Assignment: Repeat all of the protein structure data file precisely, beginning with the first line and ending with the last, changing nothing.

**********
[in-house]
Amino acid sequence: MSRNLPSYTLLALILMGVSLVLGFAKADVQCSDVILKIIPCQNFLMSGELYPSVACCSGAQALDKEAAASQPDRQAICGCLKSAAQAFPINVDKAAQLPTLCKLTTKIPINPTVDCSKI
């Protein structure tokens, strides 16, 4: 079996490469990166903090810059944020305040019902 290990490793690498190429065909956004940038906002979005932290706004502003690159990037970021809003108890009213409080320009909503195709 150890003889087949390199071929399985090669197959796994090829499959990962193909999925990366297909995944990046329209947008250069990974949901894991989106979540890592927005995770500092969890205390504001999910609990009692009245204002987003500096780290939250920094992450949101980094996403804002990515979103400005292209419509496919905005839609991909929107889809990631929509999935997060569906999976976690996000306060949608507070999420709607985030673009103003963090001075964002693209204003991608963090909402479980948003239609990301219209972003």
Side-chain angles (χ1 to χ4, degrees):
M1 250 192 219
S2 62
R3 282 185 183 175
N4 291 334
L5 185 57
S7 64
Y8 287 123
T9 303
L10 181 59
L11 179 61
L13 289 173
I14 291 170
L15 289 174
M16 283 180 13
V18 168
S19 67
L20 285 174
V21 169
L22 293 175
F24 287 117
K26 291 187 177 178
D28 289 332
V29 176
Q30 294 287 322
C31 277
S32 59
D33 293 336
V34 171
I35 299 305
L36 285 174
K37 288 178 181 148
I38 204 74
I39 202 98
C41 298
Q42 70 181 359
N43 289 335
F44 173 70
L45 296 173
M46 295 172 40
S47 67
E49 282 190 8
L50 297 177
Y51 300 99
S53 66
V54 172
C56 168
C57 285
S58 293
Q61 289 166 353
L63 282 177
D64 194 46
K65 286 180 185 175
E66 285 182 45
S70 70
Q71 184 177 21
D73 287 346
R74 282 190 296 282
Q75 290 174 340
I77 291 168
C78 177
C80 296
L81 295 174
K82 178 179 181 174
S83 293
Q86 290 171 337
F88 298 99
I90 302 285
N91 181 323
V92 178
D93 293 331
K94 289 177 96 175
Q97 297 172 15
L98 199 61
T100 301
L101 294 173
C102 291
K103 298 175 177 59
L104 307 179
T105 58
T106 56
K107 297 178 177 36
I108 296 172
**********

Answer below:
[in-house]
Amino acid sequence: MSRNLPSYTLLALILMGVSLVLGFAKADVQCSDVILKIIPCQNFLMSGELYPSVACCSGAQALDKEAAASQPDRQAICGCLKSAAQAFPINVDKAAQLPTLCKLTTKIPINPTVDCSKI
């Protein structure tokens, strides 16, 4: 079996490469990166903090810059944020305040019902 290990490793690498190429065909956004940038906002979005932290706004502003690159990037970021809003108890009213409080320009909503195709 150890003889087949390199071929399985090669197959796994090829499959990962193909999925990366297909995944990046329209947008250069990974949901894991989106979540890592927005995770500092969890205390504001999910609990009692009245204002987003500096780290939250920094992450949101980094996403804002990515979103400005292209419509496919905005839609991909929107889809990631929509999935997060569906999976976690996000306060949608507070999420709607985030673009103003963090001075964002693209204003991608963090909402479980948003239609990301219209972003």
Side-chain angles (χ1 to χ4, degrees):
M1 250 192 219
S2 62
R3 282 185 183 175
N4 291 334
L5 185 57
S7 64
Y8 287 123
T9 303
L10 181 59
L11 179 61
L13 289 173
I14 291 170
L15 289 174
M16 283 180 13
V18 168
S19 67
L20 285 174
V21 169
L22 293 175
F24 287 117
K26 291 187 177 178
D28 289 332
V29 176
Q30 294 287 322
C31 277
S32 59
D33 293 336
V34 171
I35 299 305
L36 285 174
K37 288 178 181 148
I38 204 74
I39 202 98
C41 298
Q42 70 181 359
N43 289 335
F44 173 70
L45 296 173
M46 295 172 40
S47 67
E49 282 190 8
L50 297 177
Y51 300 99
S53 66
V54 172
C56 168
C57 285
S58 293
Q61 289 166 353
L63 282 177
D64 194 46
K65 286 180 185 175
E66 285 182 45
S70 70
Q71 184 177 21
D73 287 346
R74 282 190 296 282
Q75 290 174 340
I77 291 168
C78 177
C80 296
L81 295 174
K82 178 179 181 174
S83 293
Q86 290 171 337
F88 298 99
I90 302 285
N91 181 323
V92 178
D93 293 331
K94 289 177 96 175
Q97 297 172 15
L98 199 61
T100 301
L101 294 173
C102 291
K103 298 175 177 59
L104 307 179
T105 58
T106 56
K107 297 178 177 36
I108 296 172